In 1965, my now wife was treated with Watchful Waiting. Appendicitis gets worse. The alternatives [ovarian cyst, a virus, not liking your future father-in-law] get better. In 2011, she would’ve had a CAT scan [apparently cheaper than being admitted, a Managed Care thing]. In 2011, my friend whose diagnosis was unquestioned, had a CAT scan before being admitted too – apparently more Managed Care.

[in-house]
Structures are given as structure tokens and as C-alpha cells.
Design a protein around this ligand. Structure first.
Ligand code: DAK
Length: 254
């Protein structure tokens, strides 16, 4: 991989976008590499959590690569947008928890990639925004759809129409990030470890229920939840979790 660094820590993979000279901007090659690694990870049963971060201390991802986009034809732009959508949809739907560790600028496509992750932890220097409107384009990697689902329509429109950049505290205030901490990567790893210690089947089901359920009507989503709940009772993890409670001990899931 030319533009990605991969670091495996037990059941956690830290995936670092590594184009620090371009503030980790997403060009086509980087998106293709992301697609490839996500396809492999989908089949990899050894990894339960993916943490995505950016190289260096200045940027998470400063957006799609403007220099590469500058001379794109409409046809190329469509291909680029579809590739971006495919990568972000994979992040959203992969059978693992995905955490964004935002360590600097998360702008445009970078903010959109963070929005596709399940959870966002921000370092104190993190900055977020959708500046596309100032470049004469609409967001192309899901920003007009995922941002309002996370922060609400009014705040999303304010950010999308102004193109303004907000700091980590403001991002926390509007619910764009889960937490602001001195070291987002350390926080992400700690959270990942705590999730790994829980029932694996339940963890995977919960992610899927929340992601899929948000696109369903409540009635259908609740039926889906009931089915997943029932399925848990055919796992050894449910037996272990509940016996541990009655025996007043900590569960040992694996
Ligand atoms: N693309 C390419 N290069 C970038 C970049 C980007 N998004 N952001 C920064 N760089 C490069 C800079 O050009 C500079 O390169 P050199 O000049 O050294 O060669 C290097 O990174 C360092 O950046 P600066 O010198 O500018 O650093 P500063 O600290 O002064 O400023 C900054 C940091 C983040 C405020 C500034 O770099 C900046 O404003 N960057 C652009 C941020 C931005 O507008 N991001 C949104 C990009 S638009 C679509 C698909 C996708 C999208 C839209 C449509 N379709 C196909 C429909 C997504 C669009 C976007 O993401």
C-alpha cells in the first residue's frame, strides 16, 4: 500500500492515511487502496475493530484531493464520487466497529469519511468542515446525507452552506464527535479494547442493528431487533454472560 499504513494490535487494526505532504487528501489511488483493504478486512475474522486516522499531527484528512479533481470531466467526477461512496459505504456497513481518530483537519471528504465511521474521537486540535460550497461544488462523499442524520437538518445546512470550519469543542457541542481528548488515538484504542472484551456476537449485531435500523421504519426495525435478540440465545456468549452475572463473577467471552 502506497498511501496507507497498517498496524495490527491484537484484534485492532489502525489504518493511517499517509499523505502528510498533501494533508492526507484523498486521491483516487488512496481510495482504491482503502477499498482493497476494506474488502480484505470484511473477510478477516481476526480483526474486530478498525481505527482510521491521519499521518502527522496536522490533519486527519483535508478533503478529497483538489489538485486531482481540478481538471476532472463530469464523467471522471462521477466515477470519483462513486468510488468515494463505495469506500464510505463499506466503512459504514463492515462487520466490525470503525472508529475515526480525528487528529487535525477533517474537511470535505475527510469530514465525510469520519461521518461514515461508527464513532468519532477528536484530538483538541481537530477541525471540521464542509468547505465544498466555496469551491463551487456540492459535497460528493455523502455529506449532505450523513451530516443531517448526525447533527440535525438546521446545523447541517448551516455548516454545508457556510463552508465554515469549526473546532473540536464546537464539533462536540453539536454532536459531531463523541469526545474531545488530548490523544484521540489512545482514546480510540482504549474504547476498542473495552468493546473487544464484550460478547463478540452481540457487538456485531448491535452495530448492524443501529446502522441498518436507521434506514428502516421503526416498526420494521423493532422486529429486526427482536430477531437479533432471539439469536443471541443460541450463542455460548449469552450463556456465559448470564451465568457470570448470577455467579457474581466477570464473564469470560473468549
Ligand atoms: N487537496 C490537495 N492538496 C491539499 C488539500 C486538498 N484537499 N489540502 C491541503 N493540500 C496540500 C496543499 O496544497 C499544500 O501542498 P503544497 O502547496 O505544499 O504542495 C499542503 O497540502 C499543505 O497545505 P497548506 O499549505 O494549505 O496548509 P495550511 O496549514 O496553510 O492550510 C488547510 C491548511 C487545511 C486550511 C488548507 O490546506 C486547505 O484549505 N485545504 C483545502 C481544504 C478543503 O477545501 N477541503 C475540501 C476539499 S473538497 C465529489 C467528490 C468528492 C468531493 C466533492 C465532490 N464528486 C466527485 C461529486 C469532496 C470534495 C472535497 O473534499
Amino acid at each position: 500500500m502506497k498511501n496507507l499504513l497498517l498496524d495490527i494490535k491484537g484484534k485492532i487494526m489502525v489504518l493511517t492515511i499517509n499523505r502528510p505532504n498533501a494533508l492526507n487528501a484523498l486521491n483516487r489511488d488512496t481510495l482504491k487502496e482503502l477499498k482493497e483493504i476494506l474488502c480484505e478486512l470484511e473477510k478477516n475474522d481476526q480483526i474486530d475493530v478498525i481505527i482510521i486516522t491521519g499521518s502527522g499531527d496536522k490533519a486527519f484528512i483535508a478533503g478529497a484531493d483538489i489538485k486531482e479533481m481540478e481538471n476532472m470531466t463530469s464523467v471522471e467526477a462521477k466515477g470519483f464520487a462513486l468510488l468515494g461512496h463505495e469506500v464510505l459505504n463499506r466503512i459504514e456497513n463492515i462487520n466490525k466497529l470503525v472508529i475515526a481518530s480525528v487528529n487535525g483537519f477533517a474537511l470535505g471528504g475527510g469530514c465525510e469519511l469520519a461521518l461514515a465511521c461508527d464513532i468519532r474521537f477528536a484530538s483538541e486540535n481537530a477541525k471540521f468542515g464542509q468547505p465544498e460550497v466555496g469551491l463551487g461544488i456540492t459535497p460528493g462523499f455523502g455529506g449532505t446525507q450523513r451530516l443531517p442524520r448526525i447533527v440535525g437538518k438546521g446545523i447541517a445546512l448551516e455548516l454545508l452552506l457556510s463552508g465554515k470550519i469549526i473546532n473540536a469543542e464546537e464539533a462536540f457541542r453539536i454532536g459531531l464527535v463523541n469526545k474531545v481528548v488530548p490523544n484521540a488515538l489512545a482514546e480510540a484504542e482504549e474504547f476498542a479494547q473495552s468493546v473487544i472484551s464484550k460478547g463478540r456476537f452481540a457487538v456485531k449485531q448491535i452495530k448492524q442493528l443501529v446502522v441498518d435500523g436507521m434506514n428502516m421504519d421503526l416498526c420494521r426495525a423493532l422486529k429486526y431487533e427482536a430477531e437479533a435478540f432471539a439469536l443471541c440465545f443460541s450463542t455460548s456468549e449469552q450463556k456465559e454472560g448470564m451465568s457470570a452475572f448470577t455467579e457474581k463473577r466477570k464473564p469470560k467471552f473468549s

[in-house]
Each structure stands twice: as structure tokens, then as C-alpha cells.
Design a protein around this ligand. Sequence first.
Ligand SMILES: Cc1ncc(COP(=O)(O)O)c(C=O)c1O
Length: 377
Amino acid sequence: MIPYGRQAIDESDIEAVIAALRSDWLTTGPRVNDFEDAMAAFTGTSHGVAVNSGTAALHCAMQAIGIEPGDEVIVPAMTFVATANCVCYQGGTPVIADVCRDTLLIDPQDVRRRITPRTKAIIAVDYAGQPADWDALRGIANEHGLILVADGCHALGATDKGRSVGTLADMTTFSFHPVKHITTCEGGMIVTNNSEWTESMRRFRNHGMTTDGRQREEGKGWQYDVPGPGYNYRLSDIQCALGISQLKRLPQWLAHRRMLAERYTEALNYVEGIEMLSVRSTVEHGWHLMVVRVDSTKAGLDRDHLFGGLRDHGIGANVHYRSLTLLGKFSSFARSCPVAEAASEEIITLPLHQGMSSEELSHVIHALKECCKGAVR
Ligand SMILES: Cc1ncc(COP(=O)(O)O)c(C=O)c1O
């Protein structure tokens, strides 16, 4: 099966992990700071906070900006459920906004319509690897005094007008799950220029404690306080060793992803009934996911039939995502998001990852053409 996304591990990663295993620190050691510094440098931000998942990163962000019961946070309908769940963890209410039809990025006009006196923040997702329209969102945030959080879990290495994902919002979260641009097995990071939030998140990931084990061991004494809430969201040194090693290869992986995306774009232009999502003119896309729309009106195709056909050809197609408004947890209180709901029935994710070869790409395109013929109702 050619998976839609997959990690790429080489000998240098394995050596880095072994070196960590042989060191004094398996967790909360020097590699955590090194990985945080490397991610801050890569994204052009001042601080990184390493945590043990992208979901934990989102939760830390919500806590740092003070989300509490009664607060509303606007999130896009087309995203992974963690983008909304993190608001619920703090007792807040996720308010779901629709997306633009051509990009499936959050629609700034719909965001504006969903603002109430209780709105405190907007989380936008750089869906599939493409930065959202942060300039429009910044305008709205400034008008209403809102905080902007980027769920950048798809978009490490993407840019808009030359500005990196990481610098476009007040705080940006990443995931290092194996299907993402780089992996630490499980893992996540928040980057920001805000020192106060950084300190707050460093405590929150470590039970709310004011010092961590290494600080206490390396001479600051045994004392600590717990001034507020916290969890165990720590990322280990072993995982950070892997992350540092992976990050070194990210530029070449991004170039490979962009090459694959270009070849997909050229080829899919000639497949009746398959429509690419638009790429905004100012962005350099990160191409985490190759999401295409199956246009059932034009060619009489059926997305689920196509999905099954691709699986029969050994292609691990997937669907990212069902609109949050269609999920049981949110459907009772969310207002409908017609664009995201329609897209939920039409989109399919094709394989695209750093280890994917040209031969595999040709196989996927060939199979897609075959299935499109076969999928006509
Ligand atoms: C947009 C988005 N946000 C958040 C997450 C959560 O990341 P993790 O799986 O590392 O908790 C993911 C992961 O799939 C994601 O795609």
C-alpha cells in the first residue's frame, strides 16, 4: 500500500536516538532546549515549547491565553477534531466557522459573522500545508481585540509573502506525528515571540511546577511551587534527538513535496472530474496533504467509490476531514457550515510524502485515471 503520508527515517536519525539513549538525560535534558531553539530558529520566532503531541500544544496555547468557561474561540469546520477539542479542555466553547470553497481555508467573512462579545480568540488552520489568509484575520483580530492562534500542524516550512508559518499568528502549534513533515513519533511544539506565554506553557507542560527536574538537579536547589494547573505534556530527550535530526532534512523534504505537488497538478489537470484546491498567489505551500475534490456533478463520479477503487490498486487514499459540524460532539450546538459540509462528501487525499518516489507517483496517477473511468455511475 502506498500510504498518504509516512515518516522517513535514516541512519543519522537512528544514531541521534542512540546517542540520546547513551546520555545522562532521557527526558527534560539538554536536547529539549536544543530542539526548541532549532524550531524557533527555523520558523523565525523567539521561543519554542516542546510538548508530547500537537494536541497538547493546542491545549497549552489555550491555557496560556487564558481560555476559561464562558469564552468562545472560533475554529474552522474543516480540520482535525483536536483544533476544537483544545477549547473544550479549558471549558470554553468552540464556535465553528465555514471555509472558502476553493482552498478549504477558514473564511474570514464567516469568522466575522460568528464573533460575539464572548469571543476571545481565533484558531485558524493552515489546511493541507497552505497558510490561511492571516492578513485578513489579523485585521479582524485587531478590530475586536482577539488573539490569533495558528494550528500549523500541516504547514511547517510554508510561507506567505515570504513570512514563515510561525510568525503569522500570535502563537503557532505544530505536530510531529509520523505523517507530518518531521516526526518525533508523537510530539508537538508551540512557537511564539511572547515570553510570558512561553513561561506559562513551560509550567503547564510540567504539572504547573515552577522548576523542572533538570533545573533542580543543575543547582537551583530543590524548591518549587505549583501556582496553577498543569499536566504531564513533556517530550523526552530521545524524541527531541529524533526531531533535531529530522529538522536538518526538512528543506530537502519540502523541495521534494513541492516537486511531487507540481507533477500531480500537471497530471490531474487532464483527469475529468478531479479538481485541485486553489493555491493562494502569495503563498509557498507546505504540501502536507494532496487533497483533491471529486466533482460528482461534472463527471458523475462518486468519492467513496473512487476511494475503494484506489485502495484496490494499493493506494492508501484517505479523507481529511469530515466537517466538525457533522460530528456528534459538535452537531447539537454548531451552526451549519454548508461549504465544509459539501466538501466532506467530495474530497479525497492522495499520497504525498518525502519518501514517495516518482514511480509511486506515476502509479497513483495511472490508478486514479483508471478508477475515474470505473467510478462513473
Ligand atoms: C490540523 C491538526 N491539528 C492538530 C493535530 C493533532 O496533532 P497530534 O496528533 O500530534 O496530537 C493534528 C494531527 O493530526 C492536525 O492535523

In case you’re wondering why I stuck a couple of cases of Appendicitis in the middle of a discussion of the Attenuated Psychosis Syndrome, let me make it explicit. When you see someone with the kind of symptoms being described, you know there’s something awry, but you don’t know exactly what, and you don’t know what to do. That’s just part of practicing medicine. If you presented such a case to a supervisor, he or she wouldn’t know either. They’d say, "Just follow him along." That means Watchful Waiting. You don’t know at some given point in time, so you follow along until do know something or it turns out to require no action. I mentioned such a case earlier from long ago [1. from n equals one, 2. from n equals one, 3. from n equals one] who did become psychotic. There was another – the son of a friend – who fit the exact same mold. I followed him along too. Periodically, throughout his early and later adolescence, we played Dungeons and Dragons. I thought of it as play therapy. Well, we didn’t play exactly. We just made up characters, and over time, they be came much less fantastic, less in need of magical powers [so did he]. We stopped when he went to college. I’ve been to his wedding and the christening of his three kids. He’s still kind of an odd guy, and I guess I’m still following him along after thirty years.